Sunday, December 31, 2017

Celtic Frost

ISR Music Magazine 




Celtic Frost - "To MegaTherion" 

So finally, our review of Celtic Frost's legendary "MegaTherion" Album.

Inspired by the paintings of Swiss artist H.R. Giger and the poetry of Aleister Crowley, "To MegaTherion" (meaning the great beast in Greek), is a very important heavy metal recording.

Influential on both death metal and thrash metal, "To MegaTherion" is only superseded by Kreator's; Pleasure to Kill, Possessed's; Seven Churches, Megadeth's; Killing is My Business, Metallica's; Kill 'em All, and Slayer's; Reign in Blood. I'll leave out Venom's debut since "Black Metal" is indeed what that album definitively is.

As far as thrash and death goes, Celtic Frost's "To MegaTherion" helped create the sub-genre we today call thrash metal.

Released in 1985 it is a classic in every sense of the word. To "MegaTherion" not only helped in the creation of a new metal genre but it also foresaw the future of the genre and manages to stay forever relevant. It is a seminal document in the thrash and death metal canon.

Celtic Frost is a band from Switzerland that arose from the ashes of Hellhammer, an early hardcore metal band, with two of its members crossing over to form Celtic Frost.

Regarded initially as a Venom-influenced “pioneering” black metal band, thanks to their first EP, Morbid Tales, it wasn’t until their sophomore release, "To MegaTherion" that the band truly found their niche.

Powered by more expressive but simpler power chord patterns than their debut, it’s Tom Fischer's (guitars, vocals) delivery that really makes their second album so IMPRESSIVE.

Even by today standards – Tom (now known as: 'Tom G. Warrior') relishes in lucid vocals that are so charmingly evil, you can’t help but become attracted to them.

It might sound like indecipherable grunts in between the well placed; "HEY!" and "UH!", but where Tom Warrior really outshines himself is in the lyric sheets.

I dare you to pull up the lyrics for the songs on this album and find anything unimaginative about the occult. Tom G. Warrior culled his references straight from reading the best esoteric books.

Verses like: "Silver horses brought us here, to the edge of the universe / We left the falling walls as the stars' collapse began." (From: Jewel Throne).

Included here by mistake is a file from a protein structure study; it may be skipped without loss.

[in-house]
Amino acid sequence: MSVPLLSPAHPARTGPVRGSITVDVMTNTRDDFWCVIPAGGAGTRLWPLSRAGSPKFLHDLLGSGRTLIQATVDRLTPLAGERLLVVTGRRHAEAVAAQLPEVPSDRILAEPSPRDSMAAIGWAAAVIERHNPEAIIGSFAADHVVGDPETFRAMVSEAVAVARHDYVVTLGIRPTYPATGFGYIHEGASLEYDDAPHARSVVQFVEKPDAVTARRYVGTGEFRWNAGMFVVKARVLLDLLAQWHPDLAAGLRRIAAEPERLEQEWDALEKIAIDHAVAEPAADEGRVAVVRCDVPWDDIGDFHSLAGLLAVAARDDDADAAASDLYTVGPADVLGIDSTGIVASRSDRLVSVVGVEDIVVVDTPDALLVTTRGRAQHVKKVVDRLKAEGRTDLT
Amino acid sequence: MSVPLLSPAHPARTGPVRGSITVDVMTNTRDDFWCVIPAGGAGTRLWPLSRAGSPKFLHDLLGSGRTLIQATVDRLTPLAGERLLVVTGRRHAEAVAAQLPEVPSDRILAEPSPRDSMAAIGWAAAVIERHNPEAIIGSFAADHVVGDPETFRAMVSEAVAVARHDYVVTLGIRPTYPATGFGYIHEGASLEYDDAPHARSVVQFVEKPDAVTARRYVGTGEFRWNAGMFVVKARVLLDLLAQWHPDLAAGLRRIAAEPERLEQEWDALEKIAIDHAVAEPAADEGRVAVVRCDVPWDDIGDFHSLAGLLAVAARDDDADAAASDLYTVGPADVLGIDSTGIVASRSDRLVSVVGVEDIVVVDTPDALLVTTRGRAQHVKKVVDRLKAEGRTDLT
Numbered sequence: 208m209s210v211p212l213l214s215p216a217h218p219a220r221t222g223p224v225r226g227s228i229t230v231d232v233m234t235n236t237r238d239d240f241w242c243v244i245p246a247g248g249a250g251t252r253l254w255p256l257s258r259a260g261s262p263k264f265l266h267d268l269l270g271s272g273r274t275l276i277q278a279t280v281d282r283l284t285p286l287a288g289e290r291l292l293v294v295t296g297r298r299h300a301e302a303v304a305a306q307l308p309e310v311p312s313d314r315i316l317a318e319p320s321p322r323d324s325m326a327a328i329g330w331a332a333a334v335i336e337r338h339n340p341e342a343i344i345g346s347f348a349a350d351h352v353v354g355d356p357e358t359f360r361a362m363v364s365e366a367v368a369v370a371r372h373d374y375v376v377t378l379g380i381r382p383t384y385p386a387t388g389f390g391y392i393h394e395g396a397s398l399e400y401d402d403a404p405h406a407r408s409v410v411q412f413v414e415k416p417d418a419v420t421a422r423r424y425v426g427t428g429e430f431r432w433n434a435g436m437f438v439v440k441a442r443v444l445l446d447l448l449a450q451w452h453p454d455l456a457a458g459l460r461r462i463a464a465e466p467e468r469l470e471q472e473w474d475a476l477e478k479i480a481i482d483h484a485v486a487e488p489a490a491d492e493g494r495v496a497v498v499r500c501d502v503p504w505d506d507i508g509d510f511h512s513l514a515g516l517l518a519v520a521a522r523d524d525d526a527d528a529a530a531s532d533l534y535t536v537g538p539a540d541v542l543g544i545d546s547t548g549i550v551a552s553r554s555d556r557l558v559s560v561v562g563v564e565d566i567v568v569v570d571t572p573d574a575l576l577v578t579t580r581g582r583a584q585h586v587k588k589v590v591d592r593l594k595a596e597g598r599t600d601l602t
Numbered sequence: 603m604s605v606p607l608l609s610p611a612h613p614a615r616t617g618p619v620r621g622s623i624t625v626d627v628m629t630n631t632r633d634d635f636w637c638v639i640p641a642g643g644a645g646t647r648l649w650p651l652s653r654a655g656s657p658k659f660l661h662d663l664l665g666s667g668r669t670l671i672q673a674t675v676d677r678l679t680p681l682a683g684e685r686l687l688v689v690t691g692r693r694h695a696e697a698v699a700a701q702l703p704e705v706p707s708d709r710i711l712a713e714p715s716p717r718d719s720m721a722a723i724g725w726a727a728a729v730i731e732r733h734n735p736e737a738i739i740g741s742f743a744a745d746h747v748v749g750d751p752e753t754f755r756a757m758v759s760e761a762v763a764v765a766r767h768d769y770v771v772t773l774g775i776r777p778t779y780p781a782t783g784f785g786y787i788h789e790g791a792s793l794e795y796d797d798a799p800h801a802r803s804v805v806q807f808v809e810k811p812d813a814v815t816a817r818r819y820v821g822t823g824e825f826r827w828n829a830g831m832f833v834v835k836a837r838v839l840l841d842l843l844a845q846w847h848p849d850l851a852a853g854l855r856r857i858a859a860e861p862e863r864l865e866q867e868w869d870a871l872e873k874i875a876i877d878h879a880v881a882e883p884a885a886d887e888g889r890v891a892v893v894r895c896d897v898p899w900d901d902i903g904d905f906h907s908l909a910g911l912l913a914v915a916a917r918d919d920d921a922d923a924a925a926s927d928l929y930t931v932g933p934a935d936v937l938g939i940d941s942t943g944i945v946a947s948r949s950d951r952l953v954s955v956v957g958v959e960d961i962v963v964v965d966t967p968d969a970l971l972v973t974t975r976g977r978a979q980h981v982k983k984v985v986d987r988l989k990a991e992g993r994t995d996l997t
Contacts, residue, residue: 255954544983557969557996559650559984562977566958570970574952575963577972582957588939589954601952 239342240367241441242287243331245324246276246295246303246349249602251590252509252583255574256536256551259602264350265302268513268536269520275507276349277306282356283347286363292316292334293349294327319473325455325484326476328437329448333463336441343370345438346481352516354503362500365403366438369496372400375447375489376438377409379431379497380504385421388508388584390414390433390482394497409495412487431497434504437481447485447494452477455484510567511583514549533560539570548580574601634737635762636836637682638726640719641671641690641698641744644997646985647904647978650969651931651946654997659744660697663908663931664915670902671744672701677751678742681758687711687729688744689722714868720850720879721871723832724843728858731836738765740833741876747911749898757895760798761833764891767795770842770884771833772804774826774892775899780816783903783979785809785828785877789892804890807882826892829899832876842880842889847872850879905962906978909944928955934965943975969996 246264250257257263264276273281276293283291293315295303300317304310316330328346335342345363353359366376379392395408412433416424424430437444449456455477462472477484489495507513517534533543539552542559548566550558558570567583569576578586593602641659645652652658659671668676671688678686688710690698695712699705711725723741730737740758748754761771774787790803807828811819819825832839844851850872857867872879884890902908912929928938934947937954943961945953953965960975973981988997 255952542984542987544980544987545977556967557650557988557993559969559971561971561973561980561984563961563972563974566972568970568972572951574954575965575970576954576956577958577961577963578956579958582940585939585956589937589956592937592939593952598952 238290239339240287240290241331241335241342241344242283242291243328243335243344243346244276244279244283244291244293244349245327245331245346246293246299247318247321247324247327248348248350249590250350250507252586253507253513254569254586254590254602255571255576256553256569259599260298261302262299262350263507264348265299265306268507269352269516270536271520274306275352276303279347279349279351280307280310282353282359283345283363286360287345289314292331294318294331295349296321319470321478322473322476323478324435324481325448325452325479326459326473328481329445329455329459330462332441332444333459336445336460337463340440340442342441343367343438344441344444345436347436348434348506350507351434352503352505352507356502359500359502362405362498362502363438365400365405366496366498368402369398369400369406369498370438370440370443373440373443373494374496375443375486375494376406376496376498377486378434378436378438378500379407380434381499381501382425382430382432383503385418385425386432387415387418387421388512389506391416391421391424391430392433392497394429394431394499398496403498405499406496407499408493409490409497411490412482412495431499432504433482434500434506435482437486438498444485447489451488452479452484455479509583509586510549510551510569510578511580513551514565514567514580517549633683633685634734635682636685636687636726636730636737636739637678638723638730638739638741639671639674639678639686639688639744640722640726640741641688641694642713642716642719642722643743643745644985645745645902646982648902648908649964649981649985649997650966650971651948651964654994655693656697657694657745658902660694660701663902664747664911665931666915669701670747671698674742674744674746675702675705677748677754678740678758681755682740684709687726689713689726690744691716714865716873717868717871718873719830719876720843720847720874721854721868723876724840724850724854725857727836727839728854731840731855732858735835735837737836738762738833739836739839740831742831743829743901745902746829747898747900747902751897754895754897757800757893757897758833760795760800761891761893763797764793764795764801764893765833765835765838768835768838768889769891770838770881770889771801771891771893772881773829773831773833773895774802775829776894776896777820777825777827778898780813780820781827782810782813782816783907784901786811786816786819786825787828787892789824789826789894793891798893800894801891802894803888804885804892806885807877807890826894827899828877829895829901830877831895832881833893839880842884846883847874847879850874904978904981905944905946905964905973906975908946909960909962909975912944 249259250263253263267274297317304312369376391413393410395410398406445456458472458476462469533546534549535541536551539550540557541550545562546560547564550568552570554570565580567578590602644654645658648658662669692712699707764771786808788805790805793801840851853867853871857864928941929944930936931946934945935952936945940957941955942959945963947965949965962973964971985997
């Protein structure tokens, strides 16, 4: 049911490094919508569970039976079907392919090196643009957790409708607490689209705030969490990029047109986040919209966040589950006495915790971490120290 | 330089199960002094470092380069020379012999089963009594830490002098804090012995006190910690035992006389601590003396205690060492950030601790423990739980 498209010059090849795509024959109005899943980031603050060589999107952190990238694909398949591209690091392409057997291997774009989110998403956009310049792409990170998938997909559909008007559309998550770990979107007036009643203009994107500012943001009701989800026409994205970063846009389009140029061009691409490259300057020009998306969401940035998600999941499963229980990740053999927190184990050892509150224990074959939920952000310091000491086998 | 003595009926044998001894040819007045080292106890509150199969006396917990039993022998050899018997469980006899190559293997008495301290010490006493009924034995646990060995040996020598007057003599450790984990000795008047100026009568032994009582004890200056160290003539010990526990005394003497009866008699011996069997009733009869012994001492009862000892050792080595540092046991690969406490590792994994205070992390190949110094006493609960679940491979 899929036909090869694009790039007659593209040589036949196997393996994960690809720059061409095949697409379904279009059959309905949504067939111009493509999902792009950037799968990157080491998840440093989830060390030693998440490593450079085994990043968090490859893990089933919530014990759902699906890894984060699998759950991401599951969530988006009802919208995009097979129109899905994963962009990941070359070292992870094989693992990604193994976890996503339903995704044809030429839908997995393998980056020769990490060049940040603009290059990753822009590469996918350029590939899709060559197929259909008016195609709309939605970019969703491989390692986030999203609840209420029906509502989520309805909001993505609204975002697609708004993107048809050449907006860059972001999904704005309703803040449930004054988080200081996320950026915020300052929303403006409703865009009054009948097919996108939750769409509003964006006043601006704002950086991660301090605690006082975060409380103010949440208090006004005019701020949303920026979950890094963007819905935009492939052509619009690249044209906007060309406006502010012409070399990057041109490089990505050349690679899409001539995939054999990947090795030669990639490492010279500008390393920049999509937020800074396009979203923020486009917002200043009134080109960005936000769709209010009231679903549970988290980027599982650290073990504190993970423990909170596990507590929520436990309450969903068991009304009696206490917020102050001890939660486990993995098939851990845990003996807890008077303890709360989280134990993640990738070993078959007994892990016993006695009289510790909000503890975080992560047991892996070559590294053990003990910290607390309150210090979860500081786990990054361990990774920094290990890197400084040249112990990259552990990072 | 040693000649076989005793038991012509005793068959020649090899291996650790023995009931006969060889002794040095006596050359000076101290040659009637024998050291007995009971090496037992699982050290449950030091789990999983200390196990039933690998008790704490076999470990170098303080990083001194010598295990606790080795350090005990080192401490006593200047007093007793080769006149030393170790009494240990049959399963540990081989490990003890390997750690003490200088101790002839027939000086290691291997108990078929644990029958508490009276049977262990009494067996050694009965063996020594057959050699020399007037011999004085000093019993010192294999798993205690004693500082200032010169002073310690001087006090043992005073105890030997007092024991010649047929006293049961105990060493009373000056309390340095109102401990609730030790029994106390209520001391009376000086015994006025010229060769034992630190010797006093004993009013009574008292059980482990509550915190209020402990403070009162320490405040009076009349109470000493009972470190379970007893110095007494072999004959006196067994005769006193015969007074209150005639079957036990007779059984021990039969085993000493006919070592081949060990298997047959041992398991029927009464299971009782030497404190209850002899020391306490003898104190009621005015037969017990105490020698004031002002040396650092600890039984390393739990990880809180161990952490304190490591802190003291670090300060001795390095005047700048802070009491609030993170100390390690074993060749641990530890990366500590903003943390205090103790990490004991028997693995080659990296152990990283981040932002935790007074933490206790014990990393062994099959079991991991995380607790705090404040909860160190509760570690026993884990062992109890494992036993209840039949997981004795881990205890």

And: "Humiliated in human form/We have to die to be reborn!"
(From: Dawn of Megiddo).

The lyric images that Tom Warrior paints with his vocal performances are inevitably going to make your mind drift away to battles between good and evil, fallen kings and fallen angels, desolated wastelands, and Celtic/Viking lore from the pagan past.

Coupled with female backing vocals (not overused, but on a few songs), some tracks go even further up on the visionary scale when the female and male voices come together. (Necromantical Screams being the prime example).

The instrumentation is no slouch either; Dominic Steiner's bass provides one hell of a rough ride and lends a gritty backbone to the music.

Reed St. Mark's drumming is not really that diverse, but he keeps the pace really nicely, like a steady walkway ladder leading you down to the depths of an abyss. (Circle of the Tyrants, Return to the Eve, for examples).

Overall, they end up making the album feel genuinely evil, by always managing to get a chilling performance from all involved in the recordings.

The album has the sign of great musicianship and songwriting all over it.

Relating more to thrash and death metal than the sub-genre they were first known for; black metal, Celtic Frost manage to make one hell of an album.

By blending their initial black metal influence into a thrashing death metal sound they introduced many of the clich├ęs well known in today’s hardcore metal scene.

Instrumentation, sound effects, backing female vocals, occult and mystical lyrics - all are delivered in such an honest and precise package that it is really easy to forget some of the minor flaws.

Some riffs tend to repeat themselves for a tad longer than necessary, and become monotonous. There is an instrumental that doesn’t add that much to the album (Tears in a Prophet´s Dream).

And just the way they threw their fans into a tizzy with a musical approach more aligned with thrash metal than what anyone would expect after the sludge of black metal they featured on their debut.

But these are all minor complaints. If someone was to ask me what I thought 80's Black Metal and its epitome was, I would answer by pointing towards Venom's "Black Metal" and Celtic Frost's "To MegaTherion".

It is a great album that doesn’t depend on Black Metal gimmicks. It creates a new vision for the genre by forging a Black Metal essence with the emerging relevance of death metal and thrash metal. This was pretty radical for 1985,
when Black Metal bands and Thrash, Speed, and Death metal bands were solidly entrenched in different camps.

''To MegaTherion'' manages to use all these period influences masterfully, and in turn created an album as relevant today as the classic it was then.

Recommended tracks:
The Usurper
Jewel Throne
Dawn of Megiddo
Circle of the Tyrants
Necromantical Screams

This album and "Morbid Tales" (their debut EP) are beyond essential for your hardcore metal collection.

- By Geadom edited by James Clark

(The original cover artwork is featured below, from a painting by the renown H.R. Giger entitled "Satan I")

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